Brandon Sanderson is one of the most significant fantasists to enter the field in a good many years. His ambitious, multi-volume epics (Mistborn, The Stormlight Archive) and his stellar continuation of Robert Jordan's Wheel of Time series have earned both critical acclaim and a substantial popular following. In Legion, a distinctly contemporary novella filled with suspense, humor, and an endless flow of invention, Sanderson reveals a startling new facet of his singular narrative talent, read by Audie Award-winning narrator Oliver Wyman.
Stephen Leeds, AKA 'Legion,' is a man whose unique mental condition allows him to generate a multitude of personae: hallucinatory entities with a wide variety of personal characteristics and a vast array of highly specialized skills. As the story begins, Leeds and his 'aspects' are drawn into the search for the missing Balubal Razon, inventor of a camera whose astonishing properties could alter our understanding of human history and change the very structure of society. The action ranges from the familiar environs of America to the ancient, divided city of Jerusalem. Along the way, Sanderson touches on a formidable assortment of complex questions: the nature of time, the mysteries of the human mind, the potential uses of technology, and the volatile connection between politics and faith. Resonant, intelligent, and thoroughly absorbing, Legion is a provocative entertainment from a writer of great originality and seemingly limitless gifts.
©2012 Dragonsteel Entertainment, LLC (P)2012 Audible, Inc.
This book is shorted than i thought but very unique and surprising.
It's intelligent and thrilling and got me to buy the next one right after.
This is an amazing story. The interaction of the lead character and his hallucinations is wonderfully done. This books is a genuinely refreshing take on mental illness. Also the ideas presented in the book about time travel are unique. Oliver Wyman gives a great performance, giving each character their own vocal personality. His accents are very well done.
Fan of Fiction, And really really good naratives.
Its a very interesting question of can a person fully utilize there gifts and what are the costs.
The main character is all the characters.he understands who he is. Well at least he think he does. But it gives him purpose. This is more like Sherlock with a problem story.
Be all you can be.
I solemnly swear that I am up to no good!
Brandon Sanderson is fantastic. I have yet to read or listen to a story of his and not love it.
It fascinates me to think how one person could have such and incredible imagination. Although... maybe Brandon has a few "aspects" helping him out!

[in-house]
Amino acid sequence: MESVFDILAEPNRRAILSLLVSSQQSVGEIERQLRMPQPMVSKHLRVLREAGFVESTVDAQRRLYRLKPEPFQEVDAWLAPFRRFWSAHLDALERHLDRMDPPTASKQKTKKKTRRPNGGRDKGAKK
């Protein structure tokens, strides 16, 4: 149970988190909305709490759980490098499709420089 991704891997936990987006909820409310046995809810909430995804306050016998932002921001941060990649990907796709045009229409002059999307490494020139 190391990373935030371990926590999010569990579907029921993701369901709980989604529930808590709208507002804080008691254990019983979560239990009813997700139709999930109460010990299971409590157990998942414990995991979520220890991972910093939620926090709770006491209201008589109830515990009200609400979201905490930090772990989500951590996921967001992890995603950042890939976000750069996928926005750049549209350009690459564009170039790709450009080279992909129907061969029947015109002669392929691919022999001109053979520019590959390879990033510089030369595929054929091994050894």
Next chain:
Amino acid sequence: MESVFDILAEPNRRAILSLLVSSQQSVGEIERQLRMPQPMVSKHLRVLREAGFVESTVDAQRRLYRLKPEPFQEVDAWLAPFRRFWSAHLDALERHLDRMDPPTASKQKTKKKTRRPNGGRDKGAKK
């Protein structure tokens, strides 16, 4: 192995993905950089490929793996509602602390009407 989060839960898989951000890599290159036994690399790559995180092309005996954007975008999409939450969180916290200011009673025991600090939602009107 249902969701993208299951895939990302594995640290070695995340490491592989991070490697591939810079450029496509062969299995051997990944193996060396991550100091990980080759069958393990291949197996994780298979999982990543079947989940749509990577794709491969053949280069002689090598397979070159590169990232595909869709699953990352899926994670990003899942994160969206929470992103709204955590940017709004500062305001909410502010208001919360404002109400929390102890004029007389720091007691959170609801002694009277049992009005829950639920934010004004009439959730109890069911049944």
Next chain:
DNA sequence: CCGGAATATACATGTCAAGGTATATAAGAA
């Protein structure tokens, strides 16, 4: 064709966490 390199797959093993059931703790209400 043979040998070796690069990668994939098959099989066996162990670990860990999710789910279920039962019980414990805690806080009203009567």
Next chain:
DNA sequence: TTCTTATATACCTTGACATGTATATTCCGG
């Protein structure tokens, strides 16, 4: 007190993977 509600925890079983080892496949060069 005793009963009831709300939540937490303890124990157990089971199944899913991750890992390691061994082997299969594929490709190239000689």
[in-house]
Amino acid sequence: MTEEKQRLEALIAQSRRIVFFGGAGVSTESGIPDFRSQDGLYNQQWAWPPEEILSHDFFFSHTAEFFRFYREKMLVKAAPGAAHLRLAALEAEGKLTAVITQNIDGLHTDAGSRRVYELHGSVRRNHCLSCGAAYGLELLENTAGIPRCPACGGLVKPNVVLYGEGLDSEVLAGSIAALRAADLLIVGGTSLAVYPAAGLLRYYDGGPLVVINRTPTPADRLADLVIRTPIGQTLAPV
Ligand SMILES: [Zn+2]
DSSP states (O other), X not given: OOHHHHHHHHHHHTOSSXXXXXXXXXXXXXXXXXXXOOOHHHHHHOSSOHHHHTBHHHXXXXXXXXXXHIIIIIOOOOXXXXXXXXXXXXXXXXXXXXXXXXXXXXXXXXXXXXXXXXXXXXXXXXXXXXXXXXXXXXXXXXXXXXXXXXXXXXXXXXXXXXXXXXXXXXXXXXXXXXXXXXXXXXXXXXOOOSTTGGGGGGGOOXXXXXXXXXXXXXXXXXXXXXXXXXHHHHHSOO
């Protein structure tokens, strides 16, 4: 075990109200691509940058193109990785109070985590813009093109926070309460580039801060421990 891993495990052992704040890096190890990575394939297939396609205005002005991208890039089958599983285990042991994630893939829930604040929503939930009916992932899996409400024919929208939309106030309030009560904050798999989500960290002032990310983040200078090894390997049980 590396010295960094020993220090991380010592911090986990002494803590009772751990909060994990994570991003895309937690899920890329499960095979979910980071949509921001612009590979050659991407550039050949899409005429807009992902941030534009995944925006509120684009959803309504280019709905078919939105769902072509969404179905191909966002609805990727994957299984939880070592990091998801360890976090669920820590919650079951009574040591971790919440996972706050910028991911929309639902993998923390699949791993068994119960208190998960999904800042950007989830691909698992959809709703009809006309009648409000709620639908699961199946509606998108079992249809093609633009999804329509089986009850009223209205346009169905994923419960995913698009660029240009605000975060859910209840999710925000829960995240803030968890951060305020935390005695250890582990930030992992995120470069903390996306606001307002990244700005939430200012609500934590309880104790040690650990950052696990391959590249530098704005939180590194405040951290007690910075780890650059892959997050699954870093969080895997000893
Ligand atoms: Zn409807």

I don't know if this should be considered sci-fi or if, like Diana Gabaldon's
novels, they need a separate category: fiction multiple personality mystery?
Either way, I thoroghly enjoyed this, & wish there were more. As a RN for
more than 30 yrs. I have KNOWN people similar, but not as coherant!
Audible has failed to edit this audio. In the middle of a sentence the reader will say "Here's an alternate" and then repeat the line slightly differently. Or if he misread a sentence he will read it again correctly. Those are recording artifacts that are supposed to be edited out but haven't been. Pretty amateurish.
I read a lot of Brandon Sanderson in 2014 (3 of my 26 books) and enjoyed all of them. On a recent Audible sale I picked up both Legion and Legion: Skin Deep without even reading the description of the book. After listening to the very short Legion I can say that its a very different Sanderson then I've ever read. Instead of his normal hardcore fantasy writing with complex magic systems, Legion is a relatively tame mystery.
The story follows Stephen Leeds who you meet at the beginning of this novel in his mansion where he introduces the reader to his many imaginary friends. Yes that's right he has a bunch of imaginary personas. These persona's are used to increase his intellect and solve a slue of mysteries. The first we're introduced to is a camera that can take pictures of the past. As long as its pointing at something it can take a picture of that spot throughout history. When the camera goes missing he boards a flight to Israel where the cameras inventor is trying to either prove or disprove Christianity.
Its a really great short story and one that I finished in a day. I cannot wait to read the next novel and see where the story goes. I hope it continues with this historical camera because it could have some major ramifications on both the world and Stephen Leeds.
It's a decent story but I am not as enamored with it as many other Sanderson fans out there. This was my first Sanderson novel (short story), and I can't say it grabbed me like other readers. Some readers will give it five stars and say the author's the best that ever lived! (See five star reviews) Was I missing something? Maybe...
I'm not saying I won't read another Sanderson book, and I plan on starting a longer series very soon. But I'm expecting a little more spark to the stories, then I'll gladly jump on board with those devoted fans of his.
Overall: Based on other reviews and how much I remember, it might be a repeat for me. This is a middle of the road book for me at the moment.
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I got the second one free but didn't want to listen to it without listening to this one first. It's a quick story but well worth a listen.
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